It was mid-March and the bare ground had been covered with a couple of inches
of fresh snow the previous night. Around 3:30 in the afternoon, Donna announces from the top of
the stairs that there is a coyote in the back yard. I quickly ran up the
stairs to take a look at what she had just seen.
The back yard here is a bit bigger than the city lot we left behind in Phoenix. We have a 4 strand barbwire fence about 30 yds out from the house that could be considered the border of our backyard, but that is only there to keep our neighbors cattle from walking through our yard and out onto the highway. We let him graze his cattle on our property since we don't have anything to run on it and I would rather see it get used for that than revert back to woodland. Other than this couple hundred yard run of barbwire fence, there is nothing that separates his land from ours. This works well for both of us. So, when Donna says the back yard, it could be that 30 yard zone between our house and the fence or it could be somewhere in the 150 yards past that out to the tree line. It was the latter.
She pointed the coyote out to me....it was moving in and out of the brush along the edge of the tree line. We keep binoculars on the kitchen island and a couple of days ago, I put a 20x spotting scope on the dining table to give us more of an up close and personal view of the deer when they come out to feed in the evening. She handed me the binoculars and sure enough, there it was.
I have no love for coyotes. We have 3 dogs which don't need to mix it up with one, baby chicks on the way, and the deer that roam our land don't need coyotes either. A coyote pack can really put a hurt on the young fawns which will be born pretty soon....so having one less coyote running around is OK with me. My neighbors cows are just about ready to drop their calves and loosing a calf to them is very costly.
I moved here with future plans of actively hunting coyotes for all the above reasons. The only problem I had was that I hadn't worked up a good varmint round for my .223 Rem bolt action rifle....which was to be my choice for a coyote rifle. So, I did the next best thing....take what you are the most familiar with and go with it. That meant my Smith & Wesson M&P 15 rifle. I have put thousands of rounds through it while attending firearms training classes at Front Sight....not to mention thousands more during practice when I lived in Phoenix. Unfortunately, it was set up for 55 gr FMJ Hornady training ammo. The ammo is reliable for training and even home defense but certainly not my first, second, nor third choice for varmint hunting.
I opened the gun safe and grabbed the M&P 15. The coyote was still working his way through the "far" back yard and had moved about 20 or 30 yds out away from the woods. Donna had already quietly opened the sliding glass door. I pushed it open a few more inches and knelt on the floor next to the dining table. The M&P has a Trijicon ACOG optic on it which is commonly used by our troops in the military. Great for that type of job but not exactly a varmint hunting scope.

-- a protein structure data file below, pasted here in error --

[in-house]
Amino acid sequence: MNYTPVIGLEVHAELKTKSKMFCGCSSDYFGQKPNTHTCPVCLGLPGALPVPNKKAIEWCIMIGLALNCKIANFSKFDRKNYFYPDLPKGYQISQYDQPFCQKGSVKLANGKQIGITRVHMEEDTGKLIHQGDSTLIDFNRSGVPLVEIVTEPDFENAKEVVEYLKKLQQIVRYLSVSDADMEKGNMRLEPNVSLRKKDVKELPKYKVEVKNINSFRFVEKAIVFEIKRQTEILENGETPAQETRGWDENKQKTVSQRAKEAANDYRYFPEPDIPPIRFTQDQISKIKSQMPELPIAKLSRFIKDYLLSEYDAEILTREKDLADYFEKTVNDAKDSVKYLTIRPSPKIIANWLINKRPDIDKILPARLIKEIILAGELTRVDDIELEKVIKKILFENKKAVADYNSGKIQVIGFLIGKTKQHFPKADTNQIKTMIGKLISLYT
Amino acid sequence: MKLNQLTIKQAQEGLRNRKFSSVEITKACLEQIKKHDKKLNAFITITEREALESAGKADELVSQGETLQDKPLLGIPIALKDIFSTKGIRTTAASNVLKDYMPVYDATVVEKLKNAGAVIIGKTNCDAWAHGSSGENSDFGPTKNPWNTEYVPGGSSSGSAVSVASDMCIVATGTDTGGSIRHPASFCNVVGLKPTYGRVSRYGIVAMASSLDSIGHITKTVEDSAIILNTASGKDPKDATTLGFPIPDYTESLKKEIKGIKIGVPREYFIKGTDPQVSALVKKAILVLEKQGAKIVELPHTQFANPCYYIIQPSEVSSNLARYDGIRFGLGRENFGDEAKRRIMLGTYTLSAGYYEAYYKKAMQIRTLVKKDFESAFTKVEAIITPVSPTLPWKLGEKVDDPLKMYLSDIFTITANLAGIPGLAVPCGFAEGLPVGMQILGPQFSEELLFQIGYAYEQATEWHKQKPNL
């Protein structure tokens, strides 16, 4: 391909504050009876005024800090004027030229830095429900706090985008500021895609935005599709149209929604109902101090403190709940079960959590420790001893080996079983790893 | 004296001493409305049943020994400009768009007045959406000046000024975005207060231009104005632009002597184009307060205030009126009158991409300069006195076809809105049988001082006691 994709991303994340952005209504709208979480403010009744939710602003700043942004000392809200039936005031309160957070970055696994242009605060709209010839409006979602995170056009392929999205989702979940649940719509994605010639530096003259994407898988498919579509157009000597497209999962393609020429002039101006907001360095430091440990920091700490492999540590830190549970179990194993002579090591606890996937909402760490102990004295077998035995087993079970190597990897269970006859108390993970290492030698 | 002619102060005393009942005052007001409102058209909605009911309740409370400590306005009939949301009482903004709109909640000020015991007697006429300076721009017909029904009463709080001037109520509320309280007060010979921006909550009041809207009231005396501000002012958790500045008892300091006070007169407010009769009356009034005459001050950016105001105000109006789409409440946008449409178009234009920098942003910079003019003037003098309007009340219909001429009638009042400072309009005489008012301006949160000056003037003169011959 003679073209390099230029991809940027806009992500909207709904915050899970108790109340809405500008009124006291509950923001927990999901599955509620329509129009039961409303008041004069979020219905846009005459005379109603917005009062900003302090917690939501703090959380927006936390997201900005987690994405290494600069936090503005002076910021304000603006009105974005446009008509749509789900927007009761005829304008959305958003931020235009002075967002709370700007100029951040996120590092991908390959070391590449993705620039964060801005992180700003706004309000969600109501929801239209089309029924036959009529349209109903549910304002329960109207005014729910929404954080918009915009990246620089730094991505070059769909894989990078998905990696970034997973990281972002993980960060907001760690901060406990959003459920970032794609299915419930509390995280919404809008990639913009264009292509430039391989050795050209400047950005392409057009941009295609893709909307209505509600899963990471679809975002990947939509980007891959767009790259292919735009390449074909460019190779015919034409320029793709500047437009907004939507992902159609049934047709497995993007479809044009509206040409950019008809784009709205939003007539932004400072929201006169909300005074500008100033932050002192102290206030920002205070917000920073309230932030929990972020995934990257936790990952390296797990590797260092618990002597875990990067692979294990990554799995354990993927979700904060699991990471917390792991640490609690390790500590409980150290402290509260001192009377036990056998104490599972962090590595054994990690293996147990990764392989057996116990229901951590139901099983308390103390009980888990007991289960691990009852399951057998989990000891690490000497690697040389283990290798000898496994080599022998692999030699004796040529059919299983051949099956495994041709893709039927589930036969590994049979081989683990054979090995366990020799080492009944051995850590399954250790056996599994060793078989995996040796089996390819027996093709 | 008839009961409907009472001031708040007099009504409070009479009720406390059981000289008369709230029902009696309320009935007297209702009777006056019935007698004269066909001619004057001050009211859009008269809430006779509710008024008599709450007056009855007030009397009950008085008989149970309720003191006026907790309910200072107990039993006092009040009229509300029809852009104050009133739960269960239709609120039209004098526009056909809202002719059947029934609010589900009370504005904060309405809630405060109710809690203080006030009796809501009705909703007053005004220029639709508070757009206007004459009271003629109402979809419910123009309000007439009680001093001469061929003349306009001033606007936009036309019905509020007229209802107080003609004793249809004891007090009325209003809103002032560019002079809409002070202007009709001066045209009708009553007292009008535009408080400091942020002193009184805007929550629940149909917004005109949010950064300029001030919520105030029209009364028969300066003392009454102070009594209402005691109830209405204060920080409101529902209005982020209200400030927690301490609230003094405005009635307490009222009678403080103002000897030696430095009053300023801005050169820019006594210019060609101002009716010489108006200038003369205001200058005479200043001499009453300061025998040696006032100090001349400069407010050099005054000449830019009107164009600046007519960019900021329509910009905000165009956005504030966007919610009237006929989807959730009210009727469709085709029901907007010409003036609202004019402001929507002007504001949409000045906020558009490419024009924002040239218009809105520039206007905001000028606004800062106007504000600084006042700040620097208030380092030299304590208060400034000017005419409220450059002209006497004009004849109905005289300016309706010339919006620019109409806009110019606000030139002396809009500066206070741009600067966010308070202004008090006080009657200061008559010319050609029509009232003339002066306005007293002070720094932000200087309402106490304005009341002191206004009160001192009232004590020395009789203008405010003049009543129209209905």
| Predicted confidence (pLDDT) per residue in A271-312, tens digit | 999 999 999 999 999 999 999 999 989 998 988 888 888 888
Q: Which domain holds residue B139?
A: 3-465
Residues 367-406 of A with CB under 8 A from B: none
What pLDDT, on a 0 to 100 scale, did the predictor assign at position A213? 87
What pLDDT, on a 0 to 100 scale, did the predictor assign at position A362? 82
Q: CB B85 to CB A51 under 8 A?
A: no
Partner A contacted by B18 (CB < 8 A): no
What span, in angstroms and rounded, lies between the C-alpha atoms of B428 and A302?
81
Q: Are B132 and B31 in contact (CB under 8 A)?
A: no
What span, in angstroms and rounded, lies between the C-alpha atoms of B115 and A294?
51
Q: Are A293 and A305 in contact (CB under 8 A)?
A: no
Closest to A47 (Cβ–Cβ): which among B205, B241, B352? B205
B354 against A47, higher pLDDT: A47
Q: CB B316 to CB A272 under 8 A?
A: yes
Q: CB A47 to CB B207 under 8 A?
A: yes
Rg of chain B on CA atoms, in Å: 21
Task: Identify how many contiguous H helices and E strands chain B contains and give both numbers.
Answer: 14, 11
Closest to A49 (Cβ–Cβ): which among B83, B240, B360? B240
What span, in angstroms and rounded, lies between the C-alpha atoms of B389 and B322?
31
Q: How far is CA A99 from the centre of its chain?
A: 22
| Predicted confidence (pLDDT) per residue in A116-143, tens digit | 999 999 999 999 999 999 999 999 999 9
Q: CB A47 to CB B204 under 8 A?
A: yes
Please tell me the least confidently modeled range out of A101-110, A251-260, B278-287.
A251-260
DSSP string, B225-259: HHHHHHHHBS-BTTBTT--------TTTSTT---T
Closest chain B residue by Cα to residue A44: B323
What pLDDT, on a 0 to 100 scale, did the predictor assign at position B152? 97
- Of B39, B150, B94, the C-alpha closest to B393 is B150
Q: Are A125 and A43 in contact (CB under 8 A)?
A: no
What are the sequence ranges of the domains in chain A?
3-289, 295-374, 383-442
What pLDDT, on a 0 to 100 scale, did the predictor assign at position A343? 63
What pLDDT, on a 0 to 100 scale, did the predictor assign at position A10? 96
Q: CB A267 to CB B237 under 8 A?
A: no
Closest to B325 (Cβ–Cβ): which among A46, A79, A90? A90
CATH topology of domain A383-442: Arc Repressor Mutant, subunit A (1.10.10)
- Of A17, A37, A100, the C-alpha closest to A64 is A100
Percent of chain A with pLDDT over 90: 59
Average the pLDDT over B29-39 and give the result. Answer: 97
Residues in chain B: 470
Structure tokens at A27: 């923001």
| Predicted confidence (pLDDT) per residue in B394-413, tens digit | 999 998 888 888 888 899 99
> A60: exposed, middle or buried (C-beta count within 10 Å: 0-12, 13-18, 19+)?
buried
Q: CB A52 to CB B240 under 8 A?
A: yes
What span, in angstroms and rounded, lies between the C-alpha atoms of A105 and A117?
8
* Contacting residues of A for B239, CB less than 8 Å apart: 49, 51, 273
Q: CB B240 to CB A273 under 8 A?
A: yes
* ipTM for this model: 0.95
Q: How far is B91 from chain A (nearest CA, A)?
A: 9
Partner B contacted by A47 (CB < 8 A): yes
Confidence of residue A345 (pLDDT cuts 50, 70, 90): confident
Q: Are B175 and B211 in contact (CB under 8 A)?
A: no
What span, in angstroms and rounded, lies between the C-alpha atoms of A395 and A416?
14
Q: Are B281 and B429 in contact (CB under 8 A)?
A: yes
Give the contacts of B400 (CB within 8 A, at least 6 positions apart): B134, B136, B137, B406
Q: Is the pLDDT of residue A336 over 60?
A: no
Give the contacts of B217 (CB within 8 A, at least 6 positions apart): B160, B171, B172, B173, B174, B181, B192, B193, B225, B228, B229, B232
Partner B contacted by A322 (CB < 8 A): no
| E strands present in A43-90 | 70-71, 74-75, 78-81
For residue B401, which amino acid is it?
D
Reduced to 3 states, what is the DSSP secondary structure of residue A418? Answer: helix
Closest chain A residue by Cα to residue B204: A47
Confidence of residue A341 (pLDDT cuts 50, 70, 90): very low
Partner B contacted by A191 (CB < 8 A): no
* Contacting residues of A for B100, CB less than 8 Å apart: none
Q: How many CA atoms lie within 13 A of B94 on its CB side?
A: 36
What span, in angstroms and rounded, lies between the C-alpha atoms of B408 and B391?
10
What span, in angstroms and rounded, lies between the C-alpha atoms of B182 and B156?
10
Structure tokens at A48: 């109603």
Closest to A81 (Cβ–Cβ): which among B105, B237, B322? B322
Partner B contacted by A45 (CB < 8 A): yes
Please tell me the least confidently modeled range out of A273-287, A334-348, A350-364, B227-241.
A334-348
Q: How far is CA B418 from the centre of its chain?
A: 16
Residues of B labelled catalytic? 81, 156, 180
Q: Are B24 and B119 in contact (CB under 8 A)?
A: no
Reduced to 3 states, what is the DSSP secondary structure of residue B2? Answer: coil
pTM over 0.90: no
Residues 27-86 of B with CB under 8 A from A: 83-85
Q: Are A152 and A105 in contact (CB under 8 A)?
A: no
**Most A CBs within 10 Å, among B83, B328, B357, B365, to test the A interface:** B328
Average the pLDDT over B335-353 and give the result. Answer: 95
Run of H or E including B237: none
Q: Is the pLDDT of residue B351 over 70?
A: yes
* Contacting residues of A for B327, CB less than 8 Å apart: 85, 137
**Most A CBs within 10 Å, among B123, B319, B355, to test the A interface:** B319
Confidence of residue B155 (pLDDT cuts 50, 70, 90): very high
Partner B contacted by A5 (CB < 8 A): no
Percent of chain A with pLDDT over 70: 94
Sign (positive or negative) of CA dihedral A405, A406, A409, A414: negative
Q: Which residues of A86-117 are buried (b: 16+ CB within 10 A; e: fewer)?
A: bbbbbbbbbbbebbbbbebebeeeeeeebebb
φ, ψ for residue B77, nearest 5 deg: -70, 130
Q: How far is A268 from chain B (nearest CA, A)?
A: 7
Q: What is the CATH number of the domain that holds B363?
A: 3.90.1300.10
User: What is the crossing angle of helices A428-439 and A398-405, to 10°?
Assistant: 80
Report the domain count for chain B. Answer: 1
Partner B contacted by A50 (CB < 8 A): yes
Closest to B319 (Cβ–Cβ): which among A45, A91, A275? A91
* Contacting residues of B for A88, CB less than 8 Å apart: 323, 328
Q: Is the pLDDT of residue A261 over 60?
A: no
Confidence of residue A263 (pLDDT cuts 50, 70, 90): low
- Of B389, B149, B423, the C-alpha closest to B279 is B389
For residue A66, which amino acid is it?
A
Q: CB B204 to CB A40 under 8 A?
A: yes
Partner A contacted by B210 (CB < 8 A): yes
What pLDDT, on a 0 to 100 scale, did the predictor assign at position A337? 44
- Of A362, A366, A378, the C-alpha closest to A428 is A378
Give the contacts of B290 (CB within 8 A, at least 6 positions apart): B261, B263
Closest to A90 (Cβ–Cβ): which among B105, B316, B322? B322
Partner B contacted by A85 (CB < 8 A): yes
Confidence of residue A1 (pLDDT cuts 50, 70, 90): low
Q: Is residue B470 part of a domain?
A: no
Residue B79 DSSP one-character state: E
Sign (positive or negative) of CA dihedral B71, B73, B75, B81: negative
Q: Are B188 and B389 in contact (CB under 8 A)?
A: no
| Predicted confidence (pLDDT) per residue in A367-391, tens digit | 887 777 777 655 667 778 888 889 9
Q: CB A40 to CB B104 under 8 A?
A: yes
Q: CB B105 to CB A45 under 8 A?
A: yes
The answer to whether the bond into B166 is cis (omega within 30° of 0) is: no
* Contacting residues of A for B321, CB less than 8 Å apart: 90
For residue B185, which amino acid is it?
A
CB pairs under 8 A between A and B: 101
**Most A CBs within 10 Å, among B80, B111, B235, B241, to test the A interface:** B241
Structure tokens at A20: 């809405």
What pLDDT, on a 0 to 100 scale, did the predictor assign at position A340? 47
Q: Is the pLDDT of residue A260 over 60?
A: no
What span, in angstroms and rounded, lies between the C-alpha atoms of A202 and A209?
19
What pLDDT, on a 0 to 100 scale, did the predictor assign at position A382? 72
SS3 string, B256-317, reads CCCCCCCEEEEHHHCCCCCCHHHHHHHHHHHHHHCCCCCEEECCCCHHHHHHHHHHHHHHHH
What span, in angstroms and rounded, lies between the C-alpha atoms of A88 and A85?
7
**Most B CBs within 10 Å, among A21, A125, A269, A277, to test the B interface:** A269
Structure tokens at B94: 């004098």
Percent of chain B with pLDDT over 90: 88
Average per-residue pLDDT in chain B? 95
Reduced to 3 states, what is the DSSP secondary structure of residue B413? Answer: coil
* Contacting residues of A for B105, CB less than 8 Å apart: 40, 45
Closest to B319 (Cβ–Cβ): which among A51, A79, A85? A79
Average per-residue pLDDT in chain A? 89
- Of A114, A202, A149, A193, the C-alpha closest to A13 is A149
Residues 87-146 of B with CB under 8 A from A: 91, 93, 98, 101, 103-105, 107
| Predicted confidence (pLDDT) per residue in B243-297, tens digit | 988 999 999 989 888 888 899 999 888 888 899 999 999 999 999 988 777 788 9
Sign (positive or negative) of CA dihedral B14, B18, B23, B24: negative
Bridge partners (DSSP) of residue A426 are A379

I settled in on the coyote and waited for him to stop. I had set up the M&P 15 with a 50 yd zero meaning anything from point blank to 200 yds is a dead on hold with a guaranteed hit on a man sized target but not necessarily a small dog. The coyote was standing broadside to me when I gently squeezed the custom trigger. It dropped without taking a step. Without taking my eye away from the scope, I asked Donna "Did you see that?". I waited for about 30 seconds....I was using FMJ bullets which has minimal if any expansion in something like a coyote....and sure enough, it recovered enough from the shock of the first hit and started to scoot away, pushing mostly with the back legs. A couple more trigger pulls at the moving coyote brought it to a halt, having gone about 15 yds. It didn't move again.
I closed the door (it was about 28 degrees outside). We put on boots and jackets and walked out to the coyote. I counted 150 paces, which means right about 150 yds for my stride. It was a male in excellent condition. It must have had an easy winter as there were no ribs showing....in fact, he looked to be a bit on the "chunky side". I would estimate his weight at 30 pounds, maybe a bit more.
My first shot hit just forward of the shoulder which was where I was aiming. The exit hole on the other side showed no expansion, which was not surprising for the FMJ training round I was using. It bled significantly where I first shot it and the 15 yds it moved later showed a lot of blood.
Yeah, I know....not exactly dressed for the typical coyote hunt. At least I took off my bedroom slippers and put on my boots. LOL! I have to admit that shooting from inside the house has its perks....mainly not getting cold sitting on there on a fence line waiting for a coyote to come to a call.
The obligatory shot of me holding the coyote and my trusty (but not rusty)
Smith & Wesson M&P 15 rifle. For those that see too much news, I'm holding
one of those "assault weapons" that no one uses for hunting, per the
anti-gun liberal media. The
truth be known, with the correct optic (which means a trip back down to the man
cave to swap it out), the AR-15 platform is a versatile rifle and commonly used
for hunting. Having now
removed one coyote from the homestead using it, I think I'm going to scope
up another AR-15 I have, work up a good hunting load for it, and keep it ready for
situations such as these. Of course, it will work equally well on
porcupines and skunks, both of which I would rather NOT see wandering around the
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